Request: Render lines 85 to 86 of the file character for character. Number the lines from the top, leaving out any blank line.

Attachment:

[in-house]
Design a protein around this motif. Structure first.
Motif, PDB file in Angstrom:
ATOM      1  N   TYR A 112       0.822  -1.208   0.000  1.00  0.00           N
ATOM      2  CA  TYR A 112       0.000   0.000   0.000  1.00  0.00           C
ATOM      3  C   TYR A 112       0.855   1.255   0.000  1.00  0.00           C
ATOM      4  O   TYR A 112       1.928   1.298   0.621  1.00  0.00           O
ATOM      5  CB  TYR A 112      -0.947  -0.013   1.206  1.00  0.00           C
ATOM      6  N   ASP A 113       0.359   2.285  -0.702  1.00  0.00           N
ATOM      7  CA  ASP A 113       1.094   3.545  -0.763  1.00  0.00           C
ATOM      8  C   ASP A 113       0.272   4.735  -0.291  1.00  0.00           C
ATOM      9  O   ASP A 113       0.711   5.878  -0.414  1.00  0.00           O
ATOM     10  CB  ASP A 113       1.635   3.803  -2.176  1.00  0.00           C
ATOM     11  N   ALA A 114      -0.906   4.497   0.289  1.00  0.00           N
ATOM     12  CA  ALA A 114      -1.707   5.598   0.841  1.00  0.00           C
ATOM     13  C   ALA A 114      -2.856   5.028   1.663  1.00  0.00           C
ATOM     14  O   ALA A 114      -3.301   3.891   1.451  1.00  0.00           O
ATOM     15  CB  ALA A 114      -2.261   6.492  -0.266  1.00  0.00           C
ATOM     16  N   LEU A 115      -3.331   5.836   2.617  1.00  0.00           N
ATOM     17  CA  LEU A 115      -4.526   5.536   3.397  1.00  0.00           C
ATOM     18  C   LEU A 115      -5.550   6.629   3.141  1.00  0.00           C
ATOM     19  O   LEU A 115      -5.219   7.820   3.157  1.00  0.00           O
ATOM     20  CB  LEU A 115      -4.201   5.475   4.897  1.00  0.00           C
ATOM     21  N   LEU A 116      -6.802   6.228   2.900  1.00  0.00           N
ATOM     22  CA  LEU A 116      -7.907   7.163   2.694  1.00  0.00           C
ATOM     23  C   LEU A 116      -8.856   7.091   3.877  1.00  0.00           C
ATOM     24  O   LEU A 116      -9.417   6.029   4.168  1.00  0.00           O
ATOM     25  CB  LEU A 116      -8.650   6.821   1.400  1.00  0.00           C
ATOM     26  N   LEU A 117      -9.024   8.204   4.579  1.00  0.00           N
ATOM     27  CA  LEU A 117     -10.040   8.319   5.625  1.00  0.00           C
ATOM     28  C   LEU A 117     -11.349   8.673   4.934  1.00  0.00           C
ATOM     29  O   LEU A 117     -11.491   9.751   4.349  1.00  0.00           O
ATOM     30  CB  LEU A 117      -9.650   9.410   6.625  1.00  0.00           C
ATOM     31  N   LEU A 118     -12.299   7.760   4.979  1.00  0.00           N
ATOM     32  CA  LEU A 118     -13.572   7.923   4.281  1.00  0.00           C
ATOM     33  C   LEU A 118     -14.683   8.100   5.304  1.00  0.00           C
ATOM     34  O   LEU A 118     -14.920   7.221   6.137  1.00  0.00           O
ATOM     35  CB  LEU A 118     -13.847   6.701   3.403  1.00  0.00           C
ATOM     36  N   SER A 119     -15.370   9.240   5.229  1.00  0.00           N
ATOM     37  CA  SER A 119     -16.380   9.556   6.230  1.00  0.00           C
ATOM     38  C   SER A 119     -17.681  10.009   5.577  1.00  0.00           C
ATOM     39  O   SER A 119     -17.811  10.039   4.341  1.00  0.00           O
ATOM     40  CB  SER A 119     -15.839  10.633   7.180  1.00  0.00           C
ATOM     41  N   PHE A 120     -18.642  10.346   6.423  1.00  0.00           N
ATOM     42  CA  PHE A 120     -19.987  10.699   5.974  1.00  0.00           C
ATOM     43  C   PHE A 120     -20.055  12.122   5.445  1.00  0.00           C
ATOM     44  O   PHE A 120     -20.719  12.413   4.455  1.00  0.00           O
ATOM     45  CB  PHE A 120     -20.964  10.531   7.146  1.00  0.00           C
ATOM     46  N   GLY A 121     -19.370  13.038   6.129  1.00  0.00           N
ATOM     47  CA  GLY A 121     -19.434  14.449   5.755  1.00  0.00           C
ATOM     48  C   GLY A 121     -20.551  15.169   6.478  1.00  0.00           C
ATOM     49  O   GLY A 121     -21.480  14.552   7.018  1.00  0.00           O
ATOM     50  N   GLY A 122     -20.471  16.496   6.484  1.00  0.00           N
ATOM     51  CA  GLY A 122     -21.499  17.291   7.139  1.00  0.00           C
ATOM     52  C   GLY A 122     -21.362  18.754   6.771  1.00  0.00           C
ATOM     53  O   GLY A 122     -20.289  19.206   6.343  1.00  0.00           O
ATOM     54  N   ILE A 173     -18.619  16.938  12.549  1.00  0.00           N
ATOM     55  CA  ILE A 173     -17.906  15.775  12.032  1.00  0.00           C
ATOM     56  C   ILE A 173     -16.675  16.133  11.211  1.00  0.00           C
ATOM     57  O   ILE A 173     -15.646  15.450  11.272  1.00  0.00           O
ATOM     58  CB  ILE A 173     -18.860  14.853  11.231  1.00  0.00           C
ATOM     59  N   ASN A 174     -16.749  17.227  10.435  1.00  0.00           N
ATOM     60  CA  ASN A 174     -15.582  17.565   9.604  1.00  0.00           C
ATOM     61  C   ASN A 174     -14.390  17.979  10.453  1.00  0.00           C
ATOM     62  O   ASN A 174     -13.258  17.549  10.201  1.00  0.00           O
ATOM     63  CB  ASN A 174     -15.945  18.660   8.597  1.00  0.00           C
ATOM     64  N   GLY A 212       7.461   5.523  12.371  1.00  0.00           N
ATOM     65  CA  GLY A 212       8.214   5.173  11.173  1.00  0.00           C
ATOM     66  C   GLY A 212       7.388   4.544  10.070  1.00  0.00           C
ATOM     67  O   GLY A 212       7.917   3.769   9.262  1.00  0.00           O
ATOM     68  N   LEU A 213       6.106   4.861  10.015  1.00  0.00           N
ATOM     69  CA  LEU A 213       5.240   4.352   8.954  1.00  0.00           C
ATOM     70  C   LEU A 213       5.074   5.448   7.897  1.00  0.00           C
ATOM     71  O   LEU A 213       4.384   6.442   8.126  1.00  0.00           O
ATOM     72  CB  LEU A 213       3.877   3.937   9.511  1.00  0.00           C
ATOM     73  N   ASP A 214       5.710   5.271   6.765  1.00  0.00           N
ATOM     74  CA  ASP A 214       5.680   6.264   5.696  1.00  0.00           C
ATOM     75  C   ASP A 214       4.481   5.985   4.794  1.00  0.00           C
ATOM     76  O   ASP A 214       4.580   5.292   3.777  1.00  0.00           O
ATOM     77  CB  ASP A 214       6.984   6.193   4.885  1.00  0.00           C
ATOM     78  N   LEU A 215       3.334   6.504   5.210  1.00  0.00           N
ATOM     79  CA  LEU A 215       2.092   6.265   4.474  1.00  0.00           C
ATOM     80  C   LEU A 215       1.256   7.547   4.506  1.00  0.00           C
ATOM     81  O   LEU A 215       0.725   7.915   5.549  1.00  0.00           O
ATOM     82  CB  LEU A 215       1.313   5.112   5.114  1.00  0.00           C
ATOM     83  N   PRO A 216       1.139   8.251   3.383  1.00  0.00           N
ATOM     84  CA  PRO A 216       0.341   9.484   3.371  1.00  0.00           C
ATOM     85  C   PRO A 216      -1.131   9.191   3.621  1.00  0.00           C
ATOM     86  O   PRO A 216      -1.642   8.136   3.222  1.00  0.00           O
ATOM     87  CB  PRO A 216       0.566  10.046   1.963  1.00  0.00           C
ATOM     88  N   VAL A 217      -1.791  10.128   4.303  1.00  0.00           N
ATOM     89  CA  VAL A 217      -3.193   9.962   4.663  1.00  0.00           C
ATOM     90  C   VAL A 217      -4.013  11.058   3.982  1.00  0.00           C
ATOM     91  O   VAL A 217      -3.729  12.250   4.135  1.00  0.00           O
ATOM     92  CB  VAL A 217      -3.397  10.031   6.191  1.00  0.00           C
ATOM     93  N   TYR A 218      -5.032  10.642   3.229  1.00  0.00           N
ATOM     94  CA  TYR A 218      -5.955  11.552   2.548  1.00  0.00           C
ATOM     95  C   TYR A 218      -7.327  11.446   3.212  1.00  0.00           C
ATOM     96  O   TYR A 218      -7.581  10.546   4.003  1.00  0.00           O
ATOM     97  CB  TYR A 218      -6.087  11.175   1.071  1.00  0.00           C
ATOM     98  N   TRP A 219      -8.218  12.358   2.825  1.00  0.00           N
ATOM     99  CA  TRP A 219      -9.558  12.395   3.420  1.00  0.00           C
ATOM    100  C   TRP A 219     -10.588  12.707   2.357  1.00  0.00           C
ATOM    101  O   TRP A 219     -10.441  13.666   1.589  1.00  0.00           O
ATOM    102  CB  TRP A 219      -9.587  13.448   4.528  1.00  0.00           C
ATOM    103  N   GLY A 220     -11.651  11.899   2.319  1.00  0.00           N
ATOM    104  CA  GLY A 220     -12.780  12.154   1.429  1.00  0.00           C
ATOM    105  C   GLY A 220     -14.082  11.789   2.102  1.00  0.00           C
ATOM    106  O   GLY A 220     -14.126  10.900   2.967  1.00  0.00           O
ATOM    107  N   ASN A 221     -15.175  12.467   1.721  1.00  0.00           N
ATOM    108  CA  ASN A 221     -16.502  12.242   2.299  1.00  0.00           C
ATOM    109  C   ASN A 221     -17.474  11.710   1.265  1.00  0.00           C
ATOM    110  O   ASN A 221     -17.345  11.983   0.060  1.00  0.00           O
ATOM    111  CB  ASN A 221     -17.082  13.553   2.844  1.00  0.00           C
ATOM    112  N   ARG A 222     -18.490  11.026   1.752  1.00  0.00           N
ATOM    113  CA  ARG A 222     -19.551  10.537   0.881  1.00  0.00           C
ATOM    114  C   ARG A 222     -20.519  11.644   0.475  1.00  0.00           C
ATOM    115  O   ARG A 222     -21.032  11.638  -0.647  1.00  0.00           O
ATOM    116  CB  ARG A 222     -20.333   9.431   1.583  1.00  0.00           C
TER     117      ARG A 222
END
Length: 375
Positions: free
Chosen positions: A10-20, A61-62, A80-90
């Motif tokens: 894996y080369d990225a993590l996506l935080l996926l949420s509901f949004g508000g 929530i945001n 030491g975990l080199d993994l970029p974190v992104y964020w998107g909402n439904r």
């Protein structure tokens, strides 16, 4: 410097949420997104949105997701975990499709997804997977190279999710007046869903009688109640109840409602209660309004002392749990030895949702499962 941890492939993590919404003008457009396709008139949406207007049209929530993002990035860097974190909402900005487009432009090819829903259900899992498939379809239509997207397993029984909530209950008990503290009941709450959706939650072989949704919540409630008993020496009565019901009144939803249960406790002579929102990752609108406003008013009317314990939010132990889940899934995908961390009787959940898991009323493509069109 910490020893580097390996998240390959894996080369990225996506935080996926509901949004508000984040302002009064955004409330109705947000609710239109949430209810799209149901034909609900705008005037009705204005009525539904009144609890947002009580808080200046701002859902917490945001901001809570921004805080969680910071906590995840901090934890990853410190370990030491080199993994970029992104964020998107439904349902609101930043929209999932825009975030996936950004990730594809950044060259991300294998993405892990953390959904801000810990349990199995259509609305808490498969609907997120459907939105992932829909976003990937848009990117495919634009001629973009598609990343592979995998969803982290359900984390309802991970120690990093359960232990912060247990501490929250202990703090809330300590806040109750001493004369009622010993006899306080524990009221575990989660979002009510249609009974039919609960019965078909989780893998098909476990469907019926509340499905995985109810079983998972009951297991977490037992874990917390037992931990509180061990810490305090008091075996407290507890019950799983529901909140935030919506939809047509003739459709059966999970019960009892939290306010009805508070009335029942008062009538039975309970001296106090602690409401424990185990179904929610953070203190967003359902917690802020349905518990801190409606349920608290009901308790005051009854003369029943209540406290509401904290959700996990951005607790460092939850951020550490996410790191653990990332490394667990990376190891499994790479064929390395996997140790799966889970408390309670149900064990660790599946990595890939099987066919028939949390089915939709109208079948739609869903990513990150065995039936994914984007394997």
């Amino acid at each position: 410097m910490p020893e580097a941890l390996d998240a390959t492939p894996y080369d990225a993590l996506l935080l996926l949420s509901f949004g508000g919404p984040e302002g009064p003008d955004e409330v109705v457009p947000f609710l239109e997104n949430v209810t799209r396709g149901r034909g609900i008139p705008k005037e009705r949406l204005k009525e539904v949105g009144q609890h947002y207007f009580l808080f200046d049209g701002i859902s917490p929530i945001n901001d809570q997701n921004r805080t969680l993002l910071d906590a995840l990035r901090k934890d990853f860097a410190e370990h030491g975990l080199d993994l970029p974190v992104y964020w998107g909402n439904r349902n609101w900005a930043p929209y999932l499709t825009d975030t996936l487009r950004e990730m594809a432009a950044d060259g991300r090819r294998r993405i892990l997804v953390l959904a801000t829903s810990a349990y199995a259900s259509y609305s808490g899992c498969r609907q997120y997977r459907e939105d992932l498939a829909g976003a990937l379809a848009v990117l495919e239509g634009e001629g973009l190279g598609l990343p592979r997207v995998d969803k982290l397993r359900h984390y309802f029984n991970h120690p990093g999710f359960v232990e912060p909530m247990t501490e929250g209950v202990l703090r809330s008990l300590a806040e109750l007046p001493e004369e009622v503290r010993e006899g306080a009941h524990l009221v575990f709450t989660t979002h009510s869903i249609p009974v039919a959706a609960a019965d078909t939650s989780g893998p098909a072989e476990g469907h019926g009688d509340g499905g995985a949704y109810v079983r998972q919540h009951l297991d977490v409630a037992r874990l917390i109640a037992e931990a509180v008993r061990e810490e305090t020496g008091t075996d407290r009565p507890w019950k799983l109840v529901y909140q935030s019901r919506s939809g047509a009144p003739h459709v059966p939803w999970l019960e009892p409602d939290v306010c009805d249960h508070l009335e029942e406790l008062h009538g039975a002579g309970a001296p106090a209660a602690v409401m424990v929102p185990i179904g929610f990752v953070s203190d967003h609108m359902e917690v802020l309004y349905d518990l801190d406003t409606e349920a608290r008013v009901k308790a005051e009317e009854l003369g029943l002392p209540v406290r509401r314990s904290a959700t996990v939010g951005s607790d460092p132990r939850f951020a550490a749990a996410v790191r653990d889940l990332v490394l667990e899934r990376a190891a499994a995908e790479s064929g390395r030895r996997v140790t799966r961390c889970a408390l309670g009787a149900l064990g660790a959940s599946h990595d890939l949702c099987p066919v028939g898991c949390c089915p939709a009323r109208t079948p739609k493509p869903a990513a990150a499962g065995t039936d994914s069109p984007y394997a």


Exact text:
ATOM     82  CB  LEU A 215       1.313   5.112   5.114  1.00  0.00           C
ATOM     83  N   PRO A 216       1.139   8.251   3.383  1.00  0.00           N